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AMD Launches Low-Power Opteron Processors
Posted Thu February 19, 2004 @12:05PM
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Hardware AMD has announced an expansion of its awarding-winning AMD Opteron processor family, featuring low- and mid-power products. With the new low-power AMD Opteron processors, enterprise customers can now employ a common infrastructure based on AMD64 technology at all levels of their enterprise environments — from high-performance clusters to blade servers.

The AMD Opteron processors HE (55 watt) and EE (30 watt) for servers and workstations, which are expected to be available in March, bring world-class 32-bit performance and easy migration to 64-bit computing to customers who demand increased compute density, investment protection for the future and the most performance per watt of any processor in their class as measured by the industry-standard benchmark suite SPEC cpu2000.

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“Any enterprise concerned about power usage in their data centers now has a low-power option that also offers industry-leading per watt performance, reliable security and the assurance of investment protection,” said Marty Seyer, vice president and general manager of AMD’s Microprocessor Business Unit. “The feedback was clear, with customers asking for AMD64 to take a leadership role in reducing operational costs through lower power options. Now enterprise customers have never before had such a broad choice for power options for both 32-bit and 64-bit solutions. AMD leads the industry with its AMD64 architecture, and in response to customer demand, we’re pleased to add a broader set of power options.”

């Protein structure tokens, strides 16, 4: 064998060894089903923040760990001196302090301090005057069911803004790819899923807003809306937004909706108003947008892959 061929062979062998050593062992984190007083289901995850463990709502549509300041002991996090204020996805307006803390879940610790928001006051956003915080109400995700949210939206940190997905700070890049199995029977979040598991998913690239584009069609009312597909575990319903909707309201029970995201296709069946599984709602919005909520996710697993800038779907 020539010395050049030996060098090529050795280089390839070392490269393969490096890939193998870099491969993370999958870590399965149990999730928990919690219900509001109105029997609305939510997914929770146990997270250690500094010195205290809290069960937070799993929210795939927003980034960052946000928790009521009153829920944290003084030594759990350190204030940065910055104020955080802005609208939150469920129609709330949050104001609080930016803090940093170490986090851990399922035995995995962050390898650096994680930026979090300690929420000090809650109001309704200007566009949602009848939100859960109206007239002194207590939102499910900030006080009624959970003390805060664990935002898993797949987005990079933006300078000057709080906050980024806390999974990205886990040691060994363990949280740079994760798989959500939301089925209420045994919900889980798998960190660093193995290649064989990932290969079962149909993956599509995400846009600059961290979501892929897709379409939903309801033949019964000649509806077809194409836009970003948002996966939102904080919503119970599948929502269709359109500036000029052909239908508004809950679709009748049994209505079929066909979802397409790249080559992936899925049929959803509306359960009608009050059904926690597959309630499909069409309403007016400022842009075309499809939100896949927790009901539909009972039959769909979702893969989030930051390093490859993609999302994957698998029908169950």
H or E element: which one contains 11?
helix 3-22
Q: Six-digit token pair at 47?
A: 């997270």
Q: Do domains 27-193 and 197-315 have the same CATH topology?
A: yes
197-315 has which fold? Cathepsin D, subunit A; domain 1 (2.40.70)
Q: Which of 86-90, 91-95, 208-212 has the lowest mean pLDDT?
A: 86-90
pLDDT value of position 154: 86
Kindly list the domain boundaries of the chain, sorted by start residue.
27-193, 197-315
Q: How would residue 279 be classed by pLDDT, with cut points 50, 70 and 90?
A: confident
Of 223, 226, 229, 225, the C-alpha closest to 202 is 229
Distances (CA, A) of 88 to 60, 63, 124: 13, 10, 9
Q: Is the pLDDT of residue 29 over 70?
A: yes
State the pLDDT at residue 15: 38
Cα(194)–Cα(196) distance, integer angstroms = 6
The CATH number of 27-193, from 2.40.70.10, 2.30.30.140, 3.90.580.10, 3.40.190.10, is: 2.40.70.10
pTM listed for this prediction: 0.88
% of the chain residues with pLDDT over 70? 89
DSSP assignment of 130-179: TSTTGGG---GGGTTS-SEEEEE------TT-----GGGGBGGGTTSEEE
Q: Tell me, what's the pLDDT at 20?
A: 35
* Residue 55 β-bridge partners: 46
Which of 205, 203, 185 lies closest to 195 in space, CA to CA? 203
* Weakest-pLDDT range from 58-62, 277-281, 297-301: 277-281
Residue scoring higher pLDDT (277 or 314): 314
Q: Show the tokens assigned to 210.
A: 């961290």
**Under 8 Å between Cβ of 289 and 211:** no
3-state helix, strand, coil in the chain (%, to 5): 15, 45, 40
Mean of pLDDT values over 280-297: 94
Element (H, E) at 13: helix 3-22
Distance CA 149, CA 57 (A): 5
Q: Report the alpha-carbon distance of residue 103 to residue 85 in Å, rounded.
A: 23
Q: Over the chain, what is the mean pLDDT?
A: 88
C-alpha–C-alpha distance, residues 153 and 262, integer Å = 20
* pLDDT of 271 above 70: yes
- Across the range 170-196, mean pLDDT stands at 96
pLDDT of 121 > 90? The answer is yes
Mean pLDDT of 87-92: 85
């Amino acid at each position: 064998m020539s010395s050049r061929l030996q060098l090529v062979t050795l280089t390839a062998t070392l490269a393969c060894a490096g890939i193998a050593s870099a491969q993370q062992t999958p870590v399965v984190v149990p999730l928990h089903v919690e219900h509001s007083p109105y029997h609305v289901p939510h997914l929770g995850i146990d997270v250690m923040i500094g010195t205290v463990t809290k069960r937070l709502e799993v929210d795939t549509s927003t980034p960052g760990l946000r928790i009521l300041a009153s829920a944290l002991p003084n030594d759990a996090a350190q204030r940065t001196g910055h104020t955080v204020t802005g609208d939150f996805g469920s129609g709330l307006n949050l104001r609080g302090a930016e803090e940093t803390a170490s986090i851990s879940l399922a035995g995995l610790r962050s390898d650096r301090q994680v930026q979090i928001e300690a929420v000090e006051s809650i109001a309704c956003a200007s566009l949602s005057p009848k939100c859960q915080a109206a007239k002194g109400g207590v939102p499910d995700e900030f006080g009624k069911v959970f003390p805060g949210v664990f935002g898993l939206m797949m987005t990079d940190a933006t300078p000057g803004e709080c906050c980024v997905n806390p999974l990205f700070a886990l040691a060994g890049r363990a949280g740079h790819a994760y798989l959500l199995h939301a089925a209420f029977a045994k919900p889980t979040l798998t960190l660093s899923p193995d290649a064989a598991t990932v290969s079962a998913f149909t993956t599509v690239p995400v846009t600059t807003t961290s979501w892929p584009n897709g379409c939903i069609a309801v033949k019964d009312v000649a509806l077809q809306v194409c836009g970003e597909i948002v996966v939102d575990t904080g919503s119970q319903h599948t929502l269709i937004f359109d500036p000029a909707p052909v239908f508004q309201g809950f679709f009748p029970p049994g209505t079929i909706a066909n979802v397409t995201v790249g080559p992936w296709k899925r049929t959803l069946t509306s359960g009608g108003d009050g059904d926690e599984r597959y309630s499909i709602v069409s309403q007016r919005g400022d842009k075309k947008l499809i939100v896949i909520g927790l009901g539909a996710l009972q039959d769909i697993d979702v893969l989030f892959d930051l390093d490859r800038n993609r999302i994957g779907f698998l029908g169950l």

“As businesses try to squeeze more processing power out of fixed-sized datacenters and power budgets, performance per watt is becoming increasingly more important to the enterprise,” said Vernon Turner of International Data Corporation (IDC). “AMD answers that need with the low-power AMD Opteron processors HE and EE, offering some of the most performance per watt of any processors in their class.”

The new low-power AMD Opteron processors are well-suited for the blade server market. These smaller servers can be less-expensive to acquire than traditional servers and run cooler than their full-size counterparts.

The AMD Opteron processor continues to gain wide-ranging acceptance, with increased endorsements from Fortune 1000 companies, the clustering and High Performance Computing arena, database computing and workstation customers who rely on compute-intensive applications like financial modeling, digital content creation and CAD. A listing of companies offering AMD Opteron processor-based products can be found at and

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